Diverticulosis

Most people have, in their colons, small pouches that bulge outward through weak spots, like an inner tube that pokes through weak places in a tire. Each pouch is called a diverticulum. Pouches are diverticula. The condition of having diverticula is called diverticulosis. About half of all Americans age 60 to 80, and almost everyone over age 80, have diverticulosis. When the pouches become infected or inflamed, the condition is called diverticulitis. Diverticulosis and diverticulitis are also called diverticular disease.

What Causes Diverticulosis?

A low-fiber diet may be the main cause of diverticulosis. The condition was first noticed in the United States in the early 1900's, at about the same time processed foods were introduced to the American diet. Many processed foods contain refined, low-fiber flour. Unlike whole-wheat flour, refined flour has no wheat bran.

Diverticulosis is common in developed or industrialized countries — particularly the United States, England, and Australia—where low-fiber diets are common. The condition is much less common in Asia and Africa, where people eat high-fiber vegetable diets.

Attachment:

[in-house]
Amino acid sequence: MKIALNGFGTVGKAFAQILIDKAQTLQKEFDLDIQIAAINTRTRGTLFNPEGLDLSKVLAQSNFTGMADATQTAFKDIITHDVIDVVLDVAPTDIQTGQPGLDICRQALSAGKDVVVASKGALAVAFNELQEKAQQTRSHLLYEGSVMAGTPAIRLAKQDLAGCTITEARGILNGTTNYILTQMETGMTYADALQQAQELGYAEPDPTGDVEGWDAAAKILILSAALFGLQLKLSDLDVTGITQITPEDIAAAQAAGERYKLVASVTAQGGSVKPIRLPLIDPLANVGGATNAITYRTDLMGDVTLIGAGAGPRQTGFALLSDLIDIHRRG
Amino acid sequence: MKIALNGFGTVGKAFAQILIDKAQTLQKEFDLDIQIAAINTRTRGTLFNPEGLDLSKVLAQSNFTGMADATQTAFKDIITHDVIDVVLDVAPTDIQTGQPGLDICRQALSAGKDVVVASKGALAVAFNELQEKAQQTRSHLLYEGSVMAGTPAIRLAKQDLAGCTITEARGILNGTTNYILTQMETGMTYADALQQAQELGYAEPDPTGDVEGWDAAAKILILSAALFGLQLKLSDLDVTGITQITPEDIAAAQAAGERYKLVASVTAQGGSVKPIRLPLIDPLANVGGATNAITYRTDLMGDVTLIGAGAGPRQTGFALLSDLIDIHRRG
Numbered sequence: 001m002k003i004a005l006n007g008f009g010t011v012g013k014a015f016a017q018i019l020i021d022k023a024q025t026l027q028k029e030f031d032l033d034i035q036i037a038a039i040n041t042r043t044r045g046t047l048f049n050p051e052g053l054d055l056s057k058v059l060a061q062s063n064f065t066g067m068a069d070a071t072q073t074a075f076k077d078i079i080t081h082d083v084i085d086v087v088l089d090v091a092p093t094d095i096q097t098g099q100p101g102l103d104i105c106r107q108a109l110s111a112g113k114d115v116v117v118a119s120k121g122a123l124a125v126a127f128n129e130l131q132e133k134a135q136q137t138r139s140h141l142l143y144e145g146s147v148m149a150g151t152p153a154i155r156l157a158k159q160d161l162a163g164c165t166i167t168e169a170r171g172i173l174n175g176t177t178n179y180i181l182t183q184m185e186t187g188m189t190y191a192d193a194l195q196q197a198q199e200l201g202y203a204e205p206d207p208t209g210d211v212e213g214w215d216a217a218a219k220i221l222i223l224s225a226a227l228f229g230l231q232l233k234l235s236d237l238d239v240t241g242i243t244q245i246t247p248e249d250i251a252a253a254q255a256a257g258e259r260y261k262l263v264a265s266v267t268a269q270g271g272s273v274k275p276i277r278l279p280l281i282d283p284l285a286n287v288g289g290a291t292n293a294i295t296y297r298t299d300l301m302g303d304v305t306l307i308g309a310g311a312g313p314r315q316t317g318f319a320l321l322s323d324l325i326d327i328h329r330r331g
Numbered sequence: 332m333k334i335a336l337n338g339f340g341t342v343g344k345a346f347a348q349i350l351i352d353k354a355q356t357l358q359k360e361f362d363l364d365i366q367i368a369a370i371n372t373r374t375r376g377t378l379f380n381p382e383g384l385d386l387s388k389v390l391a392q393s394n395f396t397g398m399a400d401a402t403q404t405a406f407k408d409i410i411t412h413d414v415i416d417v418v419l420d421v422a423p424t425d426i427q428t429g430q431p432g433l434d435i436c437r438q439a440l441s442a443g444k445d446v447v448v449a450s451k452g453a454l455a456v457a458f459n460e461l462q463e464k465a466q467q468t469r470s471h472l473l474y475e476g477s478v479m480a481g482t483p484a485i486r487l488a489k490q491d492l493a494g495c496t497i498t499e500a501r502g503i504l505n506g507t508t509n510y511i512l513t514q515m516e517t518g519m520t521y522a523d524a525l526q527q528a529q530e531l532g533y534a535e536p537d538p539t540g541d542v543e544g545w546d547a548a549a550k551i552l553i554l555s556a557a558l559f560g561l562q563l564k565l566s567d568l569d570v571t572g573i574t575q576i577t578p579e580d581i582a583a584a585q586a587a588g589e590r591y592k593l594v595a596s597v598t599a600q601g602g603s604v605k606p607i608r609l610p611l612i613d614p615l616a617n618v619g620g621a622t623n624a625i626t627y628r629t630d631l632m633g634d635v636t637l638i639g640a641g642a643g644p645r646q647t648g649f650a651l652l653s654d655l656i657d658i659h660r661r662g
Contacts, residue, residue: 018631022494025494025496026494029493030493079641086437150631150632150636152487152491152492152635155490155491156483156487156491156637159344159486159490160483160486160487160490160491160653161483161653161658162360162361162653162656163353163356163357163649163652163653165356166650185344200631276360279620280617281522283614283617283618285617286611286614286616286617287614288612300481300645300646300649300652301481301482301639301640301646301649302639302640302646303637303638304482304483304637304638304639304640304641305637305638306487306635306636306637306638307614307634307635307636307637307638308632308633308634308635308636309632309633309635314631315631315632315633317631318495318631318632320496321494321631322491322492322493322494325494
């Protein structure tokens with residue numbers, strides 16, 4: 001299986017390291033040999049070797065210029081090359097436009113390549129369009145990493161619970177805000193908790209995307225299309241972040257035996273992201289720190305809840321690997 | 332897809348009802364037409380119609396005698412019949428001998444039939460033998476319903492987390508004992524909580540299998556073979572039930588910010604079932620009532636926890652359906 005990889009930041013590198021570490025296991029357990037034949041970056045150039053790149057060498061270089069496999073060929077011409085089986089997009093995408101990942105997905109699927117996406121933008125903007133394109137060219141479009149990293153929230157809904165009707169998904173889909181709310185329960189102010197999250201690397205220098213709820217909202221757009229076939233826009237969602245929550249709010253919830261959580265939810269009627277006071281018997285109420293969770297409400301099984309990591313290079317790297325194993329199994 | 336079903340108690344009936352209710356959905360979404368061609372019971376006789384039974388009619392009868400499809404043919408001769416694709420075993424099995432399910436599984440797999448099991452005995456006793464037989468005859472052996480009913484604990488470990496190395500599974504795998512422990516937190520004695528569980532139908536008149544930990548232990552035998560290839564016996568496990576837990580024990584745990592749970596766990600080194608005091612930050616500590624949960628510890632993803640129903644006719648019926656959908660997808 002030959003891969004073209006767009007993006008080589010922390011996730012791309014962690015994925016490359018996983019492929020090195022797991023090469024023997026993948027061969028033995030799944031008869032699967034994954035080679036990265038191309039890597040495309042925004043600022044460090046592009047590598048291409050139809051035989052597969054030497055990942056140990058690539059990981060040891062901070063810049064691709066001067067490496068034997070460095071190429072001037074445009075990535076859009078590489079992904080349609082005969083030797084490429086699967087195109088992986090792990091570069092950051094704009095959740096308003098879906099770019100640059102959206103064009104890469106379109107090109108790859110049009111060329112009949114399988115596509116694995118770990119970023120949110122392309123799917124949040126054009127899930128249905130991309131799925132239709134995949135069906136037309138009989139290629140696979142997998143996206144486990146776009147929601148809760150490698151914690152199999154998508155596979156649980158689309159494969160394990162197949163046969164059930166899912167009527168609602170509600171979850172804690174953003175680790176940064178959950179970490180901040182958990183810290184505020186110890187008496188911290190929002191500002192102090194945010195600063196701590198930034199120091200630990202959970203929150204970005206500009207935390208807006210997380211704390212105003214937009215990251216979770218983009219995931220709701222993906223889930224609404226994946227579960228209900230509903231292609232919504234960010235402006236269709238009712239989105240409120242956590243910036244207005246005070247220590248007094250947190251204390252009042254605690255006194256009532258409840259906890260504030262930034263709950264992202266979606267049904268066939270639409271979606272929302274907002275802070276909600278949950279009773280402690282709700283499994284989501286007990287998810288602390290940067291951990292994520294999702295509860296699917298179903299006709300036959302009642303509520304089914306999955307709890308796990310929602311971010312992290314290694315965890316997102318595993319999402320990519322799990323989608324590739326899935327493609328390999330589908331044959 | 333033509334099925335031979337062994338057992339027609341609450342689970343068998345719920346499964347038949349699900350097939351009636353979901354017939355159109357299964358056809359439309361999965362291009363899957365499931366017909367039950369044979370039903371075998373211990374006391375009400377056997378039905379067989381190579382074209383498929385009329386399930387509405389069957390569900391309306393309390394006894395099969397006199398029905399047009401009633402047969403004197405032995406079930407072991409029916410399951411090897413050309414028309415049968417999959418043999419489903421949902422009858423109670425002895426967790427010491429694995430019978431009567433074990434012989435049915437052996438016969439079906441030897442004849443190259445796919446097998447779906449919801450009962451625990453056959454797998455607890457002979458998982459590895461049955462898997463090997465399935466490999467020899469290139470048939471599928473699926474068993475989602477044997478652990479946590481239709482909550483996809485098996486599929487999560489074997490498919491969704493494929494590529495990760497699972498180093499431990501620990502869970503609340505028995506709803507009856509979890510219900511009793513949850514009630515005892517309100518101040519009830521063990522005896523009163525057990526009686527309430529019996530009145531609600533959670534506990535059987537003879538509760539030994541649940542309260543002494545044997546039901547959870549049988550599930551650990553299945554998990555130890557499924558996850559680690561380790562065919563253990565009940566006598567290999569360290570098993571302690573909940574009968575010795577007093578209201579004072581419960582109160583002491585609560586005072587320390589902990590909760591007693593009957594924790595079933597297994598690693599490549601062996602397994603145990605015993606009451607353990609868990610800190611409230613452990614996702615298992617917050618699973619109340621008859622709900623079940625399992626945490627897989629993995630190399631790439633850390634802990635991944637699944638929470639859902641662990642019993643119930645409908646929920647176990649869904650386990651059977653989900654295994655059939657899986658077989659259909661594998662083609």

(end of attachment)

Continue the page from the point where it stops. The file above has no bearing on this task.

Fiber is present in many fruits, vegetables, and grains. Fiber prevents constipation. When stools are hard and difficult to pass the muscles of the colon strain to move stool that is too hard. This increases the pressure within the colon. The excess pressure may causes weak spots in the colon to bulge out and become diverticula.

Diverticulitis occurs when diverticula become inflamed and infected. Doctors are not certain what causes this to happen. It may begin when hard stool gets caught in the diverticula.

What are the Symptoms?

Diverticulosis
Most people with diverticulosis do not have any symptoms. The diagnosis is made when they undergo colonoscopy for other reasons, frequently during routine colon cancer screening. Sometimes diverticulosis is a cause of gastrointestinal bleeding and presents with blood in the stool. Constipation, bloating, and abdominal discomfort may occur in patients with diverticulosis. Usually, these symptoms are not caused by diverticulosis.

Diverticulitis